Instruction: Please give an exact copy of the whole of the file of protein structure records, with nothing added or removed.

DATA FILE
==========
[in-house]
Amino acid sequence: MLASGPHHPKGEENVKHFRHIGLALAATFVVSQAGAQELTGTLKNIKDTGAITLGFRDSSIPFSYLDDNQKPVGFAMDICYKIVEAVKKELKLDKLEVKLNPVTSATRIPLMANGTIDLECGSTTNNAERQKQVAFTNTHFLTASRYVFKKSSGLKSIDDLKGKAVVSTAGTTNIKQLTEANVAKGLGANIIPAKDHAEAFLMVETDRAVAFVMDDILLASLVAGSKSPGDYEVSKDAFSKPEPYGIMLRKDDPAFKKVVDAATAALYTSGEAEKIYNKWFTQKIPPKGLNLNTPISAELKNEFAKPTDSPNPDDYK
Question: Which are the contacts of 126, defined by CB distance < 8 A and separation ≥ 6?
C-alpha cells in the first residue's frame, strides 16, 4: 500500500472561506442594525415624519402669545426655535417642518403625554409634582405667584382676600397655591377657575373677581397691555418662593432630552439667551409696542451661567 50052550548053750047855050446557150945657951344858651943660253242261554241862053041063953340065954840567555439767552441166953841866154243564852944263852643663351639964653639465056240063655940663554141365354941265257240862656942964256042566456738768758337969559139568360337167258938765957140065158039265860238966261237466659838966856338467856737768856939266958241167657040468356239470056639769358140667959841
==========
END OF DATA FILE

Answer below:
[in-house]
Amino acid sequence: MLASGPHHPKGEENVKHFRHIGLALAATFVVSQAGAQELTGTLKNIKDTGAITLGFRDSSIPFSYLDDNQKPVGFAMDICYKIVEAVKKELKLDKLEVKLNPVTSATRIPLMANGTIDLECGSTTNNAERQKQVAFTNTHFLTASRYVFKKSSGLKSIDDLKGKAVVSTAGTTNIKQLTEANVAKGLGANIIPAKDHAEAFLMVETDRAVAFVMDDILLASLVAGSKSPGDYEVSKDAFSKPEPYGIMLRKDDPAFKKVVDAATAALYTSGEAEKIYNKWFTQKIPPKGLNLNTPISAELKNEFAKPTDSPNPDDYK
Question: Which are the contacts of 126, defined by CB distance < 8 A and separation ≥ 6?
C-alpha cells in the first residue's frame, strides 16, 4: 500500500472561506442594525415624519402669545426655535417642518403625554409634582405667584382676600397655591377657575373677581397691555418662593432630552439667551409696542451661567 50052550548053750047855050446557150945657951344858651943660253242261554241862053041063953340065954840567555439767552441166953841866154243564852944263852643663351639964653639465056240063655940663554141365354941265257240862656942964256042566456738768758337969559139568360337167258938765957140065158039265860238966261237466659838966856338467856737768856939266958241167657040468356239470056639769358140667959841